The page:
Conspiracy theories flourish in times when people are frightened and feel powerless, such as during a pandemic. That was certainly the case during the H1N1 pandemic in 2009, and in Latin America -particularly Brazil- during the start of the Zika epidemic. Whenever a society or a nation suffers from deep political polarization conspiracy theories also appear, which reflect the loss of trust in not only the government, but also other citizens. My colleague Leopoldo Rodriguez and I wrote an article about the death of an Argentine prosecutor in 2015, which examined the competing conspiracy theories about this event, which collectively blamed his death on a plethora of foreign actors.

For all their importance and power, however, people are incredibly reluctant to discuss them in a serious manner. Part of the challenge is that when starts to study conspiracy theories one can travel down a rabbit hole that starts to make you doubt that you can trust what you know. Some conspiracy theories -such as those surrounding Jade Helm 15- are easy to dismiss. Others have disturbing elements of truth. For a better look at this issue, I strongly recommend the documentary by Charlie Lyne titled, “Personal Truth.” The filmmaker looks at the Pizzagate narrative in the United States, and compares these stories with those surrounding an alleged pedophilia ring -which likely never existed- in England. In both cases, these stories grew because of irresponsible actors, and because people want to believe stories that depict powerful people in a negative light. It’s also all too true that there are painful examples of evil behavior by people in power, which make these narratives believable. …

Fighting Conspiracy Theories

“Witness Howard Brennan sitting in the identical spot across from the Texas School Book Depository four months after the assassination. Circle “A” indicates where he saw Oswald fire a rifle at the motorcade.” By Howard Leslie Brennan [Public domain], via Wikimedia Commons. Caption text from Wikimedia Commons also.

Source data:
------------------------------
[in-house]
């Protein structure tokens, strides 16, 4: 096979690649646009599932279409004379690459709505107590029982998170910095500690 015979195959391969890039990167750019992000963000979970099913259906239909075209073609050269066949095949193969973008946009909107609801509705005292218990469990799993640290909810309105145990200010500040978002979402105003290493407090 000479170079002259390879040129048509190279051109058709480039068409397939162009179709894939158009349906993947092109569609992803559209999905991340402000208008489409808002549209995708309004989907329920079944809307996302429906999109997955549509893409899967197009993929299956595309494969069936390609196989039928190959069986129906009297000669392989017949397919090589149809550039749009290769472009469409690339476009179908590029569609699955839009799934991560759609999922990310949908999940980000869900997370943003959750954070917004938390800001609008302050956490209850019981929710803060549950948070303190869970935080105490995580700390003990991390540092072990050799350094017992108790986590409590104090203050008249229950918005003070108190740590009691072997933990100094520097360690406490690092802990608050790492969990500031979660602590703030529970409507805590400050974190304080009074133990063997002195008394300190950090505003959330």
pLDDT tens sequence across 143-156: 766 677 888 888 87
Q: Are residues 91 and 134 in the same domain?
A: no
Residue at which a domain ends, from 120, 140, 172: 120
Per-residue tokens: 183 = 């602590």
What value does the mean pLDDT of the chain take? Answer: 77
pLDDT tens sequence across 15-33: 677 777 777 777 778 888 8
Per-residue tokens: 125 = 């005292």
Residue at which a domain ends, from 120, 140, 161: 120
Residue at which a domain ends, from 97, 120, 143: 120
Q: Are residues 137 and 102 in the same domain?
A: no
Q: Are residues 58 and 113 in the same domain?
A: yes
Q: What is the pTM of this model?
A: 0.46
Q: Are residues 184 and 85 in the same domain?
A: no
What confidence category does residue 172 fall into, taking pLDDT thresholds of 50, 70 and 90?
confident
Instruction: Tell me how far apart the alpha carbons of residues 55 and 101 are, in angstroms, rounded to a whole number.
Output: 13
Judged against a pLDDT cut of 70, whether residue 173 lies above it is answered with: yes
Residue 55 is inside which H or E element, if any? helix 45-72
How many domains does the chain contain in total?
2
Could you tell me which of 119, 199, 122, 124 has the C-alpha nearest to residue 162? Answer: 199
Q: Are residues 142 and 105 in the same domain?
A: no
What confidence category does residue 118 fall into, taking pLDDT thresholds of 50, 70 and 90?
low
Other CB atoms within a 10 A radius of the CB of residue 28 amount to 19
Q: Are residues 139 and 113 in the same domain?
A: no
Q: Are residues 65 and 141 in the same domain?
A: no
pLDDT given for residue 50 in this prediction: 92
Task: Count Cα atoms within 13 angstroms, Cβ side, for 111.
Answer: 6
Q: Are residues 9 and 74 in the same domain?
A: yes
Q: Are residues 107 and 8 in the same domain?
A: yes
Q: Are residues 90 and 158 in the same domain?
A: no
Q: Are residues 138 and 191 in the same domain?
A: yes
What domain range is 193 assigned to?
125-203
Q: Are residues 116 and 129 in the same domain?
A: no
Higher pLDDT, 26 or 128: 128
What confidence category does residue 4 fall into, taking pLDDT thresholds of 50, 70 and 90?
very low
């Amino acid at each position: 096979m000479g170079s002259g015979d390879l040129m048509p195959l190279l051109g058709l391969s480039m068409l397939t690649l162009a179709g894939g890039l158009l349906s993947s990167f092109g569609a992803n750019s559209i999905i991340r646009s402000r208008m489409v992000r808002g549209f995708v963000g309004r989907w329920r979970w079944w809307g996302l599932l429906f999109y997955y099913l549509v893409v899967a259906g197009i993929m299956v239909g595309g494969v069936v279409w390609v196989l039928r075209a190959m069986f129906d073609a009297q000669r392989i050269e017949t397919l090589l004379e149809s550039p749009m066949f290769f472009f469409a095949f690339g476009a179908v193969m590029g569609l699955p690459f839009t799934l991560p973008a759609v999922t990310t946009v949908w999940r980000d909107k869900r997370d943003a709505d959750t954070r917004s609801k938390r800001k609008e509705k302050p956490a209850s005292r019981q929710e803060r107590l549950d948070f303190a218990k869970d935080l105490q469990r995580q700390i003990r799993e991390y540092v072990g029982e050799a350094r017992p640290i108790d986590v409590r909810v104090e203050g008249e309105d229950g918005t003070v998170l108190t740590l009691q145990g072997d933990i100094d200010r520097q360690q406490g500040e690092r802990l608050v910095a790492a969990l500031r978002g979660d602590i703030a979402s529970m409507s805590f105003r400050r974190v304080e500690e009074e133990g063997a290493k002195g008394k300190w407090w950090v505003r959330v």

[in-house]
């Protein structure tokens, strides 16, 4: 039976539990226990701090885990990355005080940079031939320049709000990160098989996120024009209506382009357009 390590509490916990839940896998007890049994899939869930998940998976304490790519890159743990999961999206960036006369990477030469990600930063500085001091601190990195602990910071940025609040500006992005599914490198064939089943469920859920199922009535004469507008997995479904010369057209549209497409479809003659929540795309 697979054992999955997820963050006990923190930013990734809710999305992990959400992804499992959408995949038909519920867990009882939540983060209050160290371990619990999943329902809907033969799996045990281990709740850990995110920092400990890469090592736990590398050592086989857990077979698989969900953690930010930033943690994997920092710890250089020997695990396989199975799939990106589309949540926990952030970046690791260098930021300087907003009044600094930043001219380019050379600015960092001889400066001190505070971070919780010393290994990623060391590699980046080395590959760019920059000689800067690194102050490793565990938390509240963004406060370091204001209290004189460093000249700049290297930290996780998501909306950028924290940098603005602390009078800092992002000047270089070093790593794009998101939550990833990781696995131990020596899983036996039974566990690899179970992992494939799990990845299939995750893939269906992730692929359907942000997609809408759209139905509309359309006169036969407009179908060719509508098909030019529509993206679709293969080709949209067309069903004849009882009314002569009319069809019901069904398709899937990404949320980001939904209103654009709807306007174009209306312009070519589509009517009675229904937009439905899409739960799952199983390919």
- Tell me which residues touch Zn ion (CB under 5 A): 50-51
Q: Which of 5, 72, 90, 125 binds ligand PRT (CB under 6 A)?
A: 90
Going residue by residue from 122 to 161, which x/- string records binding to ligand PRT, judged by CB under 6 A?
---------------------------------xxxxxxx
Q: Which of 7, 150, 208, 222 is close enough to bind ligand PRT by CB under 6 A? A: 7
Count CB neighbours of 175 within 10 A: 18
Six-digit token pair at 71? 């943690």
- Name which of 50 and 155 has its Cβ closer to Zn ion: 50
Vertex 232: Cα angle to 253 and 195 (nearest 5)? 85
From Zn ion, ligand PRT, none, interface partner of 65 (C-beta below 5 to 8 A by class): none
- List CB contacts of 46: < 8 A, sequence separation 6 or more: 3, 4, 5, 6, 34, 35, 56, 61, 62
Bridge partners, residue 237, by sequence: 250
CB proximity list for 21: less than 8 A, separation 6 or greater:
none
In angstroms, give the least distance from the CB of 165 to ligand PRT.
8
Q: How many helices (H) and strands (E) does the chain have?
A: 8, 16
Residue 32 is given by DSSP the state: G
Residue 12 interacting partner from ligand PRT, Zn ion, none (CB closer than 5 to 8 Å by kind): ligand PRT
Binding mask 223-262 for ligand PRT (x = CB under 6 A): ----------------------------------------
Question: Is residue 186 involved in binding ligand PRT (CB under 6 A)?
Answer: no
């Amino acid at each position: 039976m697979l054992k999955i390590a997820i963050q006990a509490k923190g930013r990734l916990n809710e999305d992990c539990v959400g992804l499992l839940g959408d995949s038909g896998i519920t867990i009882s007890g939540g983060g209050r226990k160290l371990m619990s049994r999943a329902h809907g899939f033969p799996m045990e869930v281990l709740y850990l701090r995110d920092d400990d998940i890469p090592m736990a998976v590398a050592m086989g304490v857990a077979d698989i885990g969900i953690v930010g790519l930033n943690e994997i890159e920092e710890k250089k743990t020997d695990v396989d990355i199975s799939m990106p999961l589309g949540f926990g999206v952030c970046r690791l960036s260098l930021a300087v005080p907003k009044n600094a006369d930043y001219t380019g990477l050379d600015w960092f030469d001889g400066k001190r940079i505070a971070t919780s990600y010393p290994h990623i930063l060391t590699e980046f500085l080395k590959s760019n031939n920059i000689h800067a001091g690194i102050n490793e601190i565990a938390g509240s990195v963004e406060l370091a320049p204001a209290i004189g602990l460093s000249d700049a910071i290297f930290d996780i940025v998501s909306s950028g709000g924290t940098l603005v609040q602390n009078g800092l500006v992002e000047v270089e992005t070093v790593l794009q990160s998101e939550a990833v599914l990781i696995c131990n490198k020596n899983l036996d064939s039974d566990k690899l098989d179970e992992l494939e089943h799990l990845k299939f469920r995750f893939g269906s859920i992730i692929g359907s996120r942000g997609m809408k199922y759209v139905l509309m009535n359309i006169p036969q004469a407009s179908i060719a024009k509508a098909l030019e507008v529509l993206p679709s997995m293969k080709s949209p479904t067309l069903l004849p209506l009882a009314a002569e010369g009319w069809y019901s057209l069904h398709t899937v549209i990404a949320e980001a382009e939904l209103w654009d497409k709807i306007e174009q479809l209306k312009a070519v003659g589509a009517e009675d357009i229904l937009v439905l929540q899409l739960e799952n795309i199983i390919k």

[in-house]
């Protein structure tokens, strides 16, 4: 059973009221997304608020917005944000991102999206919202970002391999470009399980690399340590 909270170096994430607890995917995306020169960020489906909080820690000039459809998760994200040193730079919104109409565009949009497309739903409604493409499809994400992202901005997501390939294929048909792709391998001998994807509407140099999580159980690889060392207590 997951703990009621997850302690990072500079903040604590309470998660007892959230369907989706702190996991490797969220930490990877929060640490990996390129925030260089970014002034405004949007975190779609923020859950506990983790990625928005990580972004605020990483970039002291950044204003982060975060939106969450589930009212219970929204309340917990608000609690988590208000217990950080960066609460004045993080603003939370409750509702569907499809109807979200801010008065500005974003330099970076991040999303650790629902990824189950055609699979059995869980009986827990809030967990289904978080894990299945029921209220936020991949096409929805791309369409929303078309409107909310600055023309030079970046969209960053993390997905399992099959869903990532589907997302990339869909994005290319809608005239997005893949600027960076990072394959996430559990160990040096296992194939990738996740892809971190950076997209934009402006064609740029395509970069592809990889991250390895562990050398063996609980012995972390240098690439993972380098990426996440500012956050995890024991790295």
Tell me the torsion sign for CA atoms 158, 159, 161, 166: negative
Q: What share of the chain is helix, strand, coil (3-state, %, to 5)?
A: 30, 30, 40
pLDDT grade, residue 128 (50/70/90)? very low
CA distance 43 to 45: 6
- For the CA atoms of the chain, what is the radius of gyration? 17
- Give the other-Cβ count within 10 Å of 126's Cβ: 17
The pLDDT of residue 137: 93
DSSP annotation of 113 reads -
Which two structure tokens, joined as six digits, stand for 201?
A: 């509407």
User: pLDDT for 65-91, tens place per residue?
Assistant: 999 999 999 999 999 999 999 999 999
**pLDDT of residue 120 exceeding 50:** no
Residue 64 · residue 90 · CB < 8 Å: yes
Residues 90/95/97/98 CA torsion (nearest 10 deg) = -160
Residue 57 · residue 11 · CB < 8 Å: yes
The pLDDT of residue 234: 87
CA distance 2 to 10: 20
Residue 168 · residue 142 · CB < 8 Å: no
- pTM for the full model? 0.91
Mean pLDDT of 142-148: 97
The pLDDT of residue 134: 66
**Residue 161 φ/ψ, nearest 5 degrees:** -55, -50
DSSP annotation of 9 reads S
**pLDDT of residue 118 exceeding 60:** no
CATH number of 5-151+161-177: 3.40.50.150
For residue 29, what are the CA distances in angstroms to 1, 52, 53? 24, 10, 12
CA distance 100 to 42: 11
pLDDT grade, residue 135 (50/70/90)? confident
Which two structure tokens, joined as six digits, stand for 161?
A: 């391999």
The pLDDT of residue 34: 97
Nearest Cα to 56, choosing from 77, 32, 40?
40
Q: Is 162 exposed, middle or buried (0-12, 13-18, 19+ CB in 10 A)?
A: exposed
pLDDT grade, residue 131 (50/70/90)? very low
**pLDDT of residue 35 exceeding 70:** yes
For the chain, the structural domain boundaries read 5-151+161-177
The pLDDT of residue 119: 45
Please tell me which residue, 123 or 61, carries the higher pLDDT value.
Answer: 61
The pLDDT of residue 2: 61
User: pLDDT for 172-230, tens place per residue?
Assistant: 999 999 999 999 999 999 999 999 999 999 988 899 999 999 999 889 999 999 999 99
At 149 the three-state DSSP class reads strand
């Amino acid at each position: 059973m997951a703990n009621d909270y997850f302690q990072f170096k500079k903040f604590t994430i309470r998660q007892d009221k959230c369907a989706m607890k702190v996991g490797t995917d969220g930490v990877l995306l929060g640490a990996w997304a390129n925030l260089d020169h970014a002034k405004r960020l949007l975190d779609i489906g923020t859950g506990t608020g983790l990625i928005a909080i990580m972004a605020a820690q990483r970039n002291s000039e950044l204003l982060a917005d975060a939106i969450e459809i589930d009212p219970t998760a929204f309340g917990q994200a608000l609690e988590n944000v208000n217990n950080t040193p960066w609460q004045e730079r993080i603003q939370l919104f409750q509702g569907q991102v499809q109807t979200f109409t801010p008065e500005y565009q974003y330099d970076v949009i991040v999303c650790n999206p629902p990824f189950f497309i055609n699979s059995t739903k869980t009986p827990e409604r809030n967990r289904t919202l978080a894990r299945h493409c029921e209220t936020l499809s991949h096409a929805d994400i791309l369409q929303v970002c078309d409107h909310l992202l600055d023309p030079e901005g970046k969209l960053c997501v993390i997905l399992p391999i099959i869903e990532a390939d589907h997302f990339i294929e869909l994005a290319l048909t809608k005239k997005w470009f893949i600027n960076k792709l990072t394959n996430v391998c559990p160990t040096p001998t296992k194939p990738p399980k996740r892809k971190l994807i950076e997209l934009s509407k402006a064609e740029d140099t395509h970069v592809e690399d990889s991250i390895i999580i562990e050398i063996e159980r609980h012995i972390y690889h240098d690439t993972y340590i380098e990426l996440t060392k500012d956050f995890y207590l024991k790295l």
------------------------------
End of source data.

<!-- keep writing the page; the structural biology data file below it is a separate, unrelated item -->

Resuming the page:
Apart from Murray in Stranger Things, and the Lone Gunmen in the X-files, most conspiracy theorists don’t have secret knowledge that the majority of humanity is unable to accept. Instead, people turn to conspiracy theories when they feel disempowered and desperate. Conspiracy theories thrive during times of crisis, such as a pandemic, or a profound political crisis. They also emerge at times when trust in government is low. I’ve done work (with my wonderful colleague Leopoldo Rodriguez) on a conspiracy theory in Argentina that focused on the death of government prosecutor Alberto Nisman. In the Argentine case, these conspiracy theories absorbed the news and attention of an entire nation. But during the 2009 influenza pandemic, conspiracy theories became truly global, as people told these narratives from Mexico to Europe. I studied this phenomenon in an article that is open access:

Shawn Smallman, “Whom Do You Trust? Doubt and Conspiracy Theories in the 2009 Influenza Pandemic” Journal of International and Global Studies, Vol. 6, No. 2: pp. 1-24. While its helpful to document instances of conspiracy theories, it’s more important to understand how to combat them when they can cause damage, particularly in the field of global health. How do health authorities fight conspiracy theories about vaccination, which are not only making it more difficult to eradicate polio, but also costing health workers their lives?

Conspiracy Theories and Zika

Conspiracy theories have long fascinated me. I’ve published (with my colleague Leopoldo Rodriguez) on the death of Alberto Nisman in Argentina, and the conspiracy theories that tragedy spawned. I’ve also written about the conspiracy theories that circulated regarding the 2009 H1N1 influenza epidemic. More recently, I’ve been doing research on the Zika epidemic. I’ve just published an article, “Conspiracy Theories and the Zika epidemic,” which you can view in the open-access Journal of International and Global Studies. …

The Rise of Populism and Europe

I have a colleague who teaches a course on the rise of populism in Europe, which is an increasingly important topic. What is interesting to me is how quickly populist and nationalist movements have emerged and flourished in the region. Anne Applebaum had an article in the Atlantic on this topic titled “Polarization in Poland: a Warning from Europe.” This beautifully written piece captured the rapidity of these movements’ growth, and their manifold contradictions. What I most liked about this article was her ability to personalize these trends, by talking about her own personal experiences, and how these political forces have torn apart families and friendships. I also liked her point that what is strange about the rise of these forces is that they cannot be explained by the traditional narrative that these movements reflect the hardships of economic recession. Poland has been experiencing a prolonged period of remarkable growth. And yet we see the rise of conspiracy theories and extremist views, which have traditionally perceived in the literature (including my own work) as signs of economic and social crisis. Applebaum’s piece is long-form journalism at its best, and would be an excellent choice for a course on modern Europe, or the rise of Populism.